Her story was everyone's story. At the Nagrota migrant camp, different versions of the story came through. Those used to open skies and the fragrance of almond blossoms were living in miserably cramped quarters. Unused to the different weather conditions, they had to contend with a water crisis, the lack of privacy, no sanitation and the menace of snakes and scorpions.
The camps had been set up in the wilderness, infested with poisonous reptiles, and the children were frequent victims of these. Three generations lived in one cramped quarter: married couples, the in-laws and the children. Men became impotent and young women were affected by menopause; fewer children were born to the young couples; and people suffered from hypertension and diabetes.
The Pandit women welcomed us; they offered us their kangris to warm up but as they spoke, the bitterness poured out. They said in Kashmiri, 'Curse the Muslims'. They did not ask if we were Muslims or Hindus. In one breath they cursed, and in the other they said, "If our neighbors guarantee our safety we will go back today". They said 'neighbors' not 'government'.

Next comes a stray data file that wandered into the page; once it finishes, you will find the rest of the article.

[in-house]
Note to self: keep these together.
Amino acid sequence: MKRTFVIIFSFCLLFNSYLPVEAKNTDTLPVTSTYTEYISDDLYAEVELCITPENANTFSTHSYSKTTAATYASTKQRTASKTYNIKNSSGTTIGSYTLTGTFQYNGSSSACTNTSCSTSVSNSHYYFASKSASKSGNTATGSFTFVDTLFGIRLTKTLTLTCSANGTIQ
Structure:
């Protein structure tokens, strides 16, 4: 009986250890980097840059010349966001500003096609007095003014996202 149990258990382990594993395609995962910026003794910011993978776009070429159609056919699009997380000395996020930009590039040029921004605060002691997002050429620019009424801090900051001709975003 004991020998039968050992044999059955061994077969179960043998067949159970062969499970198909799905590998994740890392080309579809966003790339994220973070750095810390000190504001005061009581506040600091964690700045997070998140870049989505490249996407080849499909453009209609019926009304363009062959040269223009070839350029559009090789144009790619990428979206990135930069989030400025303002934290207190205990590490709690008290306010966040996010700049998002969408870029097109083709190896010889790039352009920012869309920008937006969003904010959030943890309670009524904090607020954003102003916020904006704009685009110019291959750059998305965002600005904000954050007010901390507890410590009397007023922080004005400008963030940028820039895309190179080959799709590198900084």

Having seen the camp conditions for ourselves, we walked back with heavy hearts to begin the dialogue - what has occurred and what needs to be done now was the biggest question. Every one has suffered - not just the Pandits. In our midst was a Muslim girl from the Valley; she recounted an incident when she faced the militants. They wanted a lift in her vehicle; there was no choice but to take them in. She broke down as she spoke. "I was sure they would rape me. I came so close... so close." And then she left Srinagar. She could not bear to return, not for a long time. Pandit women sat listening to her in stunned silence. Violence spares no one; it does not discriminate between Muslims and Hindus.
Pandit women spoke of the self-respect and dignity of their community, "We Pandits are a proud people," said a woman from Jammu. If there was nothing to eat in the house, she said, Pandits would boil stones so that smoke rose from their chimneys and people did not know that they had nothing to cook. "My husband came here at the age of 32; since then he has been without a job - at the prime of his youth. I have seen him diminishing before my own eyes."